Notice how the orange and yellow colors stand out and look more vivid against the blue background and vice versa.

Contrast in Texture

Contrast can also be created through the density and different types of texture. The first way to create contrast through texture, is to have your main focus to have significantly more or less texture than the rest of your composition. Another way to create contrast through texture is to have texture that totally differs from your main subject and the rest of your composition. A good example is to have something that is totally smooth like an apple set against a background of stucco wall. The rough texture of the wall will contrast against the smooth skin of the apple, but the difference in texture will also emphasize both textures, so the apple will seem very smooth and the wall very rough. Using texture that opposes each other in extremes like rough to smooth, soft to hard, shiny to dull and so on will produce the most noticeable results.
Notice the smooth and soft texture of the water makes the rocks and shells of the turtles more rough in comparison.

Contrast in Detail

The level between detail and the subject of your composition is another way to achieve focus. The simplest way of course to approach this is through the extreme of having your subject having the most detail versus a background of minimal or suggested detail. We still take in the suggestion of the background which gives our subject context for it’s surroundings and allows us to soak in the level of detail of the subject. The reverse can be done as well but the end result might be different in which the background now becomes a focus, but this can be a good strategy if you want a composition that is a world of a lot of hidden details that your viewers might enjoy.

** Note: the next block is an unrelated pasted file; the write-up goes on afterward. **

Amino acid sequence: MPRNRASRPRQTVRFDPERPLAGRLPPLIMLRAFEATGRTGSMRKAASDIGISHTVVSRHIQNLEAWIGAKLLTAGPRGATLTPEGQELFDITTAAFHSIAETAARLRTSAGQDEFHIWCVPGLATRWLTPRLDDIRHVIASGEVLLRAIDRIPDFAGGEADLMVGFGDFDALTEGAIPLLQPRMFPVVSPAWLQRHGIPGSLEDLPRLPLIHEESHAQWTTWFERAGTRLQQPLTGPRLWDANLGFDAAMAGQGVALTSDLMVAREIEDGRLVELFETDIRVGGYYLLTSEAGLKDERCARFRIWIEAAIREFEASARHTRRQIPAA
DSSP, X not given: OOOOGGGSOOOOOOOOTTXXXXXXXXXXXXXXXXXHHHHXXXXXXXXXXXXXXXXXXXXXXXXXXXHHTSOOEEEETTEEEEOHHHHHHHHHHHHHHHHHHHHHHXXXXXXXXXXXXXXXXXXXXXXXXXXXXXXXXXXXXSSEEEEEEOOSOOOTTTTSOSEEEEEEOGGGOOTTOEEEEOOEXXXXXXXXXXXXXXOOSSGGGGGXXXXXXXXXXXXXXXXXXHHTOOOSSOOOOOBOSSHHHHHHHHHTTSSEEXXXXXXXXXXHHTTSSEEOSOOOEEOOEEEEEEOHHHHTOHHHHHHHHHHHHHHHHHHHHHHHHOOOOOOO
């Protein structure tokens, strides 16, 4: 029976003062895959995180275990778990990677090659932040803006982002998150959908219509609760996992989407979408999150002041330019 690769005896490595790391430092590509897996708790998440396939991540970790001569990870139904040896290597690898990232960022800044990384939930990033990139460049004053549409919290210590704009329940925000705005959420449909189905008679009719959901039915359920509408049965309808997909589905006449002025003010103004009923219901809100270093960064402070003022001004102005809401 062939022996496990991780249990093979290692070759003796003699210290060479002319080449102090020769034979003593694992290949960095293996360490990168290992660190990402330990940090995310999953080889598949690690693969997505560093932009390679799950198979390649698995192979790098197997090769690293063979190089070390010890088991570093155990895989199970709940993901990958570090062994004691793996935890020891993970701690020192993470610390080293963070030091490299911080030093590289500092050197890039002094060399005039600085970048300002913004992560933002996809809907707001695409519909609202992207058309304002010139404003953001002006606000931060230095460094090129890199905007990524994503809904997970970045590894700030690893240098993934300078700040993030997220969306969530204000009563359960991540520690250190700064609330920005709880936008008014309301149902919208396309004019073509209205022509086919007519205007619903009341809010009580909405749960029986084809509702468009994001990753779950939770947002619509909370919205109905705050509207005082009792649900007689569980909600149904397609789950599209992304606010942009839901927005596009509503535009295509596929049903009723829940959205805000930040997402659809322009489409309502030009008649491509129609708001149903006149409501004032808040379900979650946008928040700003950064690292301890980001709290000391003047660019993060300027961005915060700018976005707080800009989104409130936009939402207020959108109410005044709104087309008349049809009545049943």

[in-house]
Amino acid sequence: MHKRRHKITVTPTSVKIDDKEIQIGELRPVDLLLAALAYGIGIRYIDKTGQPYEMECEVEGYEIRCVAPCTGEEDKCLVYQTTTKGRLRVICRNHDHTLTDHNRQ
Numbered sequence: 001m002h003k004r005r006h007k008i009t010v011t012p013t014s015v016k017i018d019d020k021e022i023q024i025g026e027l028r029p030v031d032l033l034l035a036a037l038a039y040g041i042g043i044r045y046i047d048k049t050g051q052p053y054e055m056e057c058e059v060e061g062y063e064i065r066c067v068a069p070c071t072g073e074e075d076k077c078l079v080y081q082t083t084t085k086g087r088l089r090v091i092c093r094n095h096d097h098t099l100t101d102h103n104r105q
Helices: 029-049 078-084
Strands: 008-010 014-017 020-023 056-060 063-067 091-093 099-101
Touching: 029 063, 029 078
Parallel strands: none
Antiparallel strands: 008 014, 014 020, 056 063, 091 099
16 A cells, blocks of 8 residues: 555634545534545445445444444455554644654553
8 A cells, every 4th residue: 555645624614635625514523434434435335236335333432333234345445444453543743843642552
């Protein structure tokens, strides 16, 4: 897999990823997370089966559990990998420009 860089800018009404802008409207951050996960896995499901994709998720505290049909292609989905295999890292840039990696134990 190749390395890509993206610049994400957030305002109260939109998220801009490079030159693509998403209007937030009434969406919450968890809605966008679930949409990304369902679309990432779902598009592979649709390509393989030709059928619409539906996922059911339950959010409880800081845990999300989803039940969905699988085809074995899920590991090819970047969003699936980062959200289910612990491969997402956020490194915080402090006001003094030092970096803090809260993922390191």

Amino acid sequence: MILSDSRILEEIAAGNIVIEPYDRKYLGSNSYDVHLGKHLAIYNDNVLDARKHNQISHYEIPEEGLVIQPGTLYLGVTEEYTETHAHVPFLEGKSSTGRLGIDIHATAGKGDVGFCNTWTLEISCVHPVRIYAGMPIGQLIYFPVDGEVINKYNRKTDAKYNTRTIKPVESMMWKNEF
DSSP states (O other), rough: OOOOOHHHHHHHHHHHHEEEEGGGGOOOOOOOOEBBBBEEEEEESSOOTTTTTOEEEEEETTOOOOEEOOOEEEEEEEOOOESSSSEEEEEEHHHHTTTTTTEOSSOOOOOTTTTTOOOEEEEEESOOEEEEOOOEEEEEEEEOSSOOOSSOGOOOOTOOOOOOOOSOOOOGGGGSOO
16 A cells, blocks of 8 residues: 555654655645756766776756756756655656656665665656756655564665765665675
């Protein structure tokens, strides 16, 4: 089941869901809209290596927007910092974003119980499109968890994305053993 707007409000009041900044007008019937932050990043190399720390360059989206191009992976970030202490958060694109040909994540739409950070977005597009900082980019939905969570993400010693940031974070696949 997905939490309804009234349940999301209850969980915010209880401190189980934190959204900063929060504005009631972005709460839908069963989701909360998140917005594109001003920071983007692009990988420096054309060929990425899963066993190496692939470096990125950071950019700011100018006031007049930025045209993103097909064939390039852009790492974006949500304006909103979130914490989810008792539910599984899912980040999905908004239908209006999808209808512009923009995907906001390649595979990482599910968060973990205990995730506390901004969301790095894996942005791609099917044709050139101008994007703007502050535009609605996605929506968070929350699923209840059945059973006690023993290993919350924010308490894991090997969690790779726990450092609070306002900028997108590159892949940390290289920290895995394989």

Notice that Alice is the subject and that she stands out but most of the detail is in the rest of the composition.

Contrast in Size

Lastly we have contrast in size in which your subject is either the smallest but noticeable object in your composition in perhaps in a piece where everything is oversized, for example: a tiny man exploring a desk that looks like it belongs to a giant. Vice versa, you have your subject the largest object in your composition, for example: Godzilla or Cthulhu looming over an entire city. Again this is merely tricking the mind into noticing what is different.
Notice how Cthulhu looms in his size to the city but we also notice the girl because how small she is relative to him and the city.


Now most of the examples of contrast I have given out, are of course, are all in the extreme but this is of course just a starting point and often a composition can have more than one focus, so using a variety or different levels of these contrast methods will help, but one mustn’t ignore other tools of composition such as directional line, mass, balance, suggestion of movement and many, many, more compositional tools. If you would like a good book on these compositional tools and rules then I would highly suggest the book Framed Ink “Drawing and composition for visual storytellers by Macross Mateu-Mestre which is jammed packed full of great information